Conversations on the collaborations of researchers and musicians

Closing seminar of World Wide Women and Kyynelkanavat projects

Friday, 10 November 2023, 3pm – 6 pm, Helsinki Collegium, Common Room, Fabianinkatu 24A, 3rd floor

This event brings researchers and artists into conversation about producing knowledge together. Through live music and discussions, panelists will demonstrate the different modes of collaboration and offer insights from their experiences. They will discuss openly about their new discoveries, and the exciting as well as challenging moments of their work. They will address questions such as: how team members define their individual roles and agree on ways of working together towards the shared goal of the project? How do the academic and artistic sides of the project complement or differ from each other, what is the balance between them and what issues of power there might be? What have we learned from each other? Can the collaborations within our projects be used as models for future projects combining art and research?

Kyynelkanavat project on Parppeinvaara in Ilomantsi

This event presents two projects that include researcher-musical artist collaboration as a core element of knowledge production:

  • World Wide Women – Female Musicians Crossing Borders and Building Futures project (University of Helsinki) studies and supports women musicians in their own communities and in the globally connected music world.
  • Kyynelkanavat – Laments in Contemporary Finland project (University of Eastern Finland) approaches the lamenting tradition and its role in modern Finnish society through the perspectives of body, experience, religion, communality, emotions and affect.

Both of these projects have been funded by the Kone Foundation and are soon concluding. The event is organized in collaboration with Etnosoi! festival and the Helsinki Collegium.

World Wide Women project at the University of Helsinki, Topelia building

The primary language of the seminar is English, but questions from the audience are welcome also in Finnish. The program includes also short musical performances.

The event is free, no advance registration needed! Welcome!

Preliminary schedule

15.00 Opening words

15.10 World Wide Women – Female Musicians Crossing Borders and Building Futures

16.10 Coffee break

16.20 Kyynelkanavat – Laments in Contemporary Finland

17.20 Discussion between project teams and with the audience


World Wide Women

Jenni Hanikka is a flutist and singer who has studied Finnish folk music in Joensuu, Finland, and in Aarhus, Denmark. She has also studied music in India, Nepal, Russia, Mongolia, China, Borneo and Mali. Hanikka has worked as a musician in several bands and musical productions, also in theatre and dance productions, and as a soundscape composer.

Siboné Oroza is a Finnish-Bolivian ethnomusicologist and tango singer. Her doctoral thesis “When I’m on Stage, I Rule”: Cholita Futurism in Cochabamba, Bolivia (2023, University of Helsinki) focused on the music, ideas, and entrepreneurship of young Bolivian female artists who grew up in Quechua and Aymara culture. Together with Antti Nordin, she also produced a documentary film presenting the same topic.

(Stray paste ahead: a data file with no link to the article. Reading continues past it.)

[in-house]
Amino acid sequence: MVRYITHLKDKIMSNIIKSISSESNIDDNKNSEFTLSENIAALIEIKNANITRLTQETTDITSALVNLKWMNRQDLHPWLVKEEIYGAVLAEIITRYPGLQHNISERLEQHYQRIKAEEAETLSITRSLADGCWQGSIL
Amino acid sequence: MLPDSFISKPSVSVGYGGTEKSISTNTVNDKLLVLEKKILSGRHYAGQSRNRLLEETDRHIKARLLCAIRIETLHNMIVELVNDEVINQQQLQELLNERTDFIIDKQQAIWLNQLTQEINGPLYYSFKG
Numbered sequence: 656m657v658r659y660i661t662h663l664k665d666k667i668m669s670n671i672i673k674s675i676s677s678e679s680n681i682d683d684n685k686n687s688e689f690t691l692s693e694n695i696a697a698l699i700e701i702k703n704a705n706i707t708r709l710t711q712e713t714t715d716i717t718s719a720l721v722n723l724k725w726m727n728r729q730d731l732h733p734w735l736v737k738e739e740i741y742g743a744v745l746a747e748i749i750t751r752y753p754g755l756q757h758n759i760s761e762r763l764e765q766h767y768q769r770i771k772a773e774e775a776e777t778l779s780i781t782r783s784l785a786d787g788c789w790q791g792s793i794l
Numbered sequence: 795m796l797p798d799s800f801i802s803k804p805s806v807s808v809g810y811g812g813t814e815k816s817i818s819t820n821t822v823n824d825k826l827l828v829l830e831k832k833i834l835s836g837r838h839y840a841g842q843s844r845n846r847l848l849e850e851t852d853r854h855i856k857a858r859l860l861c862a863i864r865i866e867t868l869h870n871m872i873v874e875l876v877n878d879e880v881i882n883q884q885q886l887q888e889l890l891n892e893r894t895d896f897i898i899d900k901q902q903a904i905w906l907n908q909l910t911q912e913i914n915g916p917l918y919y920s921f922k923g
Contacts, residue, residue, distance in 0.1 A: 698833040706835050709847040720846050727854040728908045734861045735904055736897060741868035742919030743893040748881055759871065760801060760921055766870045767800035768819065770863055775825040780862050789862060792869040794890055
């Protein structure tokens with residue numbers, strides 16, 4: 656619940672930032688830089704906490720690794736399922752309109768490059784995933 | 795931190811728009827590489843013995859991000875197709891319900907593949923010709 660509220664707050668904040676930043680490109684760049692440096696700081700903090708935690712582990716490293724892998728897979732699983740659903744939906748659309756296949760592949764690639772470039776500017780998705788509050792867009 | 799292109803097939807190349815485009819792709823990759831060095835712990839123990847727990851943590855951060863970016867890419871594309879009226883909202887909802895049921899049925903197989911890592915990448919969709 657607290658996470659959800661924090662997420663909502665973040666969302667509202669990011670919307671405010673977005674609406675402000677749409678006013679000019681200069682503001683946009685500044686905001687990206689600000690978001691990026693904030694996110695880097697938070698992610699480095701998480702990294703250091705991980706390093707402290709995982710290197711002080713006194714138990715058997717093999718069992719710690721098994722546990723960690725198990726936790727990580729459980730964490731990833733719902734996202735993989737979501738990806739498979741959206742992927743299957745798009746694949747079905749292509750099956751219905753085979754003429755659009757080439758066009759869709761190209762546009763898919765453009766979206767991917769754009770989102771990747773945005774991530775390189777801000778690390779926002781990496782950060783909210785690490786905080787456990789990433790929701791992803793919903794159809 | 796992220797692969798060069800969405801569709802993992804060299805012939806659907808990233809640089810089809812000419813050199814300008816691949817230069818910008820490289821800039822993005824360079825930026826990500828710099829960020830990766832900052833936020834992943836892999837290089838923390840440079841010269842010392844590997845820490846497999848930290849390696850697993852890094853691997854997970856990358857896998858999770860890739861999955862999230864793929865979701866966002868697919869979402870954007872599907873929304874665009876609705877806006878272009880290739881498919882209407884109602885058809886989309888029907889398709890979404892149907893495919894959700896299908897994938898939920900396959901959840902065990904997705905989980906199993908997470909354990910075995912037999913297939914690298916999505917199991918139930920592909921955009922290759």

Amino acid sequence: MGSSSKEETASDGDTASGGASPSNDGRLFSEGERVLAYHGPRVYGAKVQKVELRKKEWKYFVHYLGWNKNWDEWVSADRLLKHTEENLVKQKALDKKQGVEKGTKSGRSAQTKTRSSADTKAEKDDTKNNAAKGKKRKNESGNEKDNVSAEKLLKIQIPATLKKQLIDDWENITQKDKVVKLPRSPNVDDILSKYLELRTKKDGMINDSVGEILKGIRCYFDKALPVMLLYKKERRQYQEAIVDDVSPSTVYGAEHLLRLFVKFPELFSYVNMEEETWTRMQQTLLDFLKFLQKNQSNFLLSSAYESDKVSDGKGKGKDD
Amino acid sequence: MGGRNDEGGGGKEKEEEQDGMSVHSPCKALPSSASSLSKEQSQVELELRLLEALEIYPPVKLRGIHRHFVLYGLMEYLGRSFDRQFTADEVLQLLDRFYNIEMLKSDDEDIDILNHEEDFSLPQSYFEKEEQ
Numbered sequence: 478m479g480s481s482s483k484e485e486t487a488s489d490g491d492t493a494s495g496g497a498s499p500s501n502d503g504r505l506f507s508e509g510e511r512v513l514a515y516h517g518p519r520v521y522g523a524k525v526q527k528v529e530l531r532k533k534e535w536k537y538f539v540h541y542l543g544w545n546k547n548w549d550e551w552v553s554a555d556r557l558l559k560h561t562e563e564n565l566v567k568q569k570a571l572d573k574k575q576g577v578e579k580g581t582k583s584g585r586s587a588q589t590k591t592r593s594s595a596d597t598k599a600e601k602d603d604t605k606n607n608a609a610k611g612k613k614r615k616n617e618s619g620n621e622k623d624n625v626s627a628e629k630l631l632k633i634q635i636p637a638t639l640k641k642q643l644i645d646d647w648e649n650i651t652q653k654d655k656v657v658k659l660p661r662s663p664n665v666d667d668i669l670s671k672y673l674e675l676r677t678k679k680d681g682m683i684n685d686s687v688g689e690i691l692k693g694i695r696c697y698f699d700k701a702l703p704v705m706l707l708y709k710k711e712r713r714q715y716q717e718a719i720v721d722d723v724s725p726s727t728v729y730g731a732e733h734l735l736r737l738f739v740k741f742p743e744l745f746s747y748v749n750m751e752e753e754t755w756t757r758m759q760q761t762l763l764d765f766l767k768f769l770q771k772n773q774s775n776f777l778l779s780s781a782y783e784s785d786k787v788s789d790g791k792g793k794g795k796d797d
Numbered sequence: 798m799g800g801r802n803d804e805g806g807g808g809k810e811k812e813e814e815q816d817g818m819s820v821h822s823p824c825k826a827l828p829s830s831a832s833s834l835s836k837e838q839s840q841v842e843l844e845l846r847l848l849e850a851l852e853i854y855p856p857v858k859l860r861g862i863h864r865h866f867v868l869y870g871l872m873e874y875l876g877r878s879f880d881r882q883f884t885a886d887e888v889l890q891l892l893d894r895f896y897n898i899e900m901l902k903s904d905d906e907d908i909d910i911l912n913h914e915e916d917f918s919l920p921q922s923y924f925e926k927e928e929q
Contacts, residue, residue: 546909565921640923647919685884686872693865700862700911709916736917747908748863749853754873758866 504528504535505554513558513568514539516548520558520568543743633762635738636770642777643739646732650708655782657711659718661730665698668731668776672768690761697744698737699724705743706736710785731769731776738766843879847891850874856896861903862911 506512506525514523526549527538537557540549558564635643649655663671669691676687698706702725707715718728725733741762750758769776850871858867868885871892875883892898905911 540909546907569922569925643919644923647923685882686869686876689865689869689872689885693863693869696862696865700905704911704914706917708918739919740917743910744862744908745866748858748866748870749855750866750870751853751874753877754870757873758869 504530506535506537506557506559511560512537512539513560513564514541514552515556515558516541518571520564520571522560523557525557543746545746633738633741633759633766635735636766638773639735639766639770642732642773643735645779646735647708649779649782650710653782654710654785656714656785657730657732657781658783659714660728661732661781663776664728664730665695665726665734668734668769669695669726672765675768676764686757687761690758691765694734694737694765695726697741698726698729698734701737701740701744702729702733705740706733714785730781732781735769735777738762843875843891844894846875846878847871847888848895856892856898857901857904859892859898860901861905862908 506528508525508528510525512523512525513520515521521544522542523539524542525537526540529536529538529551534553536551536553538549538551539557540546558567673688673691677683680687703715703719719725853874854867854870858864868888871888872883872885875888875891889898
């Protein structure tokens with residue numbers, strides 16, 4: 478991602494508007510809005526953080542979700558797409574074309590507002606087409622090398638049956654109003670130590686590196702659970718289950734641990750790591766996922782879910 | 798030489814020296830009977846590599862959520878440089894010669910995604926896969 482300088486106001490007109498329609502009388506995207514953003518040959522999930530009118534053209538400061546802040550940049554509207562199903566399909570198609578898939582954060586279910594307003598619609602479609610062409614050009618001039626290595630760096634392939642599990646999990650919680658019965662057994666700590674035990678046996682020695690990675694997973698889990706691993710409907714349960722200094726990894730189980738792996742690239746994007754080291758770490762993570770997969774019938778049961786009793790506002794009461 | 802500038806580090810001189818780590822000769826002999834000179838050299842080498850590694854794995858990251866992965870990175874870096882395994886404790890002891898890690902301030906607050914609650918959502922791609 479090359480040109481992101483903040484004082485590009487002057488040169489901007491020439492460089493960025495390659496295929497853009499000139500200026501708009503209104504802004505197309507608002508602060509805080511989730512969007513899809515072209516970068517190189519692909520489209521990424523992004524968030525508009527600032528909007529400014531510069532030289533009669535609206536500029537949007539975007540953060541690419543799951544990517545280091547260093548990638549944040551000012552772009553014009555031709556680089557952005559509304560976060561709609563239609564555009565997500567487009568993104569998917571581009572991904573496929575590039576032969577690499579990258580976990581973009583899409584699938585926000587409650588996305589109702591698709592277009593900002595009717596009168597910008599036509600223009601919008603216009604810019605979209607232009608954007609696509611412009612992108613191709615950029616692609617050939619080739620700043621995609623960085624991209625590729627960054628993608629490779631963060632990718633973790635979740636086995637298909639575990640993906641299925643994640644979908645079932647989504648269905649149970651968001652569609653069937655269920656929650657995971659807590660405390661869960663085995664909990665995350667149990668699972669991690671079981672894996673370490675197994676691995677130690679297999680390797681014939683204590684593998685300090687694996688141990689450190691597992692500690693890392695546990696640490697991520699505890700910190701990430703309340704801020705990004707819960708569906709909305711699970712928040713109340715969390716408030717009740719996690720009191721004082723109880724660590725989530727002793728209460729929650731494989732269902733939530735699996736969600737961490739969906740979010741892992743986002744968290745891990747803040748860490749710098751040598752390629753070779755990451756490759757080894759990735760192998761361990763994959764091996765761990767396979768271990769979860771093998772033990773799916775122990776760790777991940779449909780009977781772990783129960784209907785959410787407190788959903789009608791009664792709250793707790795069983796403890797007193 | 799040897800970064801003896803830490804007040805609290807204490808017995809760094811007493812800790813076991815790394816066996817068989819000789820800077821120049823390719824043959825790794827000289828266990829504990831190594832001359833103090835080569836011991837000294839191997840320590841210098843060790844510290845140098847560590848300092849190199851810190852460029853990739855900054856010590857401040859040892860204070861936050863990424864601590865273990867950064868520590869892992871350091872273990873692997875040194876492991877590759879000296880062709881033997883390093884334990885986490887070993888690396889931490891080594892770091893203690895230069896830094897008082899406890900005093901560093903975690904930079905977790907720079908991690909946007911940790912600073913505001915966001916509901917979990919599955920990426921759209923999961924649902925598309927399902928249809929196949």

Elina Seye is an ethnomusicologist and dance researcher affiliated with the University of Helsinki. Her doctoral thesis focused on Senegalese sabar dance events, and her postdoctoral project dealt with sabar dance in different performance contexts. Currently her research focuses on female musicians and dancers in Senegal and Mali as part of the World Wide Women project that she also leads.

Marjo Smolander is a kantele artist, folk musician, music pedagogue, composer, and music producer from Finland. She has master’s degrees from Sibelius Academy in Finland and Royal Academy of Music in Denmark. In her artistic work she has been focusing on transcultural projects in Finland, Senegal and Mali. She is the co-founder of the Sunuy Xale project that promotes children’s culture in Wolof language.


Elina Hytönen-Ng is a cultural researcher who holds a docent title in ethnomusicology at the University of Turku. She has been specialising on musical experiences and performance venues. Currently she is the primary investigator in the Kyynelkanavat project, a three year project funded by Kone foundation, focusing on lamenting rituals in contemporary Finnish society.

Emmi Kuittinen is a folk musician, singer and songwriter who specializes in the Karelian and Ingrian singing styles, also laments. In addition to the Kyynelkanavat project, she has been working on a project that studies through art the similarities between the Skolt Sami and Karelian cultures. Apart from artistic work, she has also worked as a teacher, producer and as a musician working in care homes.

Emilia Kallonen is a folk musician and music educator, who works as an artist in the Kyynelkanavat project in which she has been leading a lamenting circle. In addition to this she has also been studying the learning process of lamenting with Elina Hytönen-Ng.

Viliina Silvonen is a folklorist specialising in the Karelian lament tradition and its sprouts in Finland. She has studied the historical lamenting tradition via archival audio material, applying text, music and sound/voice analyses, and sensory ethnography, and contemporary lamenting using ethnographic methods and in collaboration with musician-lamenter Emmi Kuittinen.


Nina Öhman is a musicologist/ethnomusicologist studying women’s roles in music cultures, the singing voice, and American popular music. She is also interested in academically-based community engagement and collaborative research methods. Recently she has worked as a University Lecturer in Musicology at the Department of Philosophy, History and Arts, University of Helsinki. She completed her doctoral degree at the University of Pennsylvania, and she currently works as a Core Fellow at the Helsinki Collegium for Advanced Studies.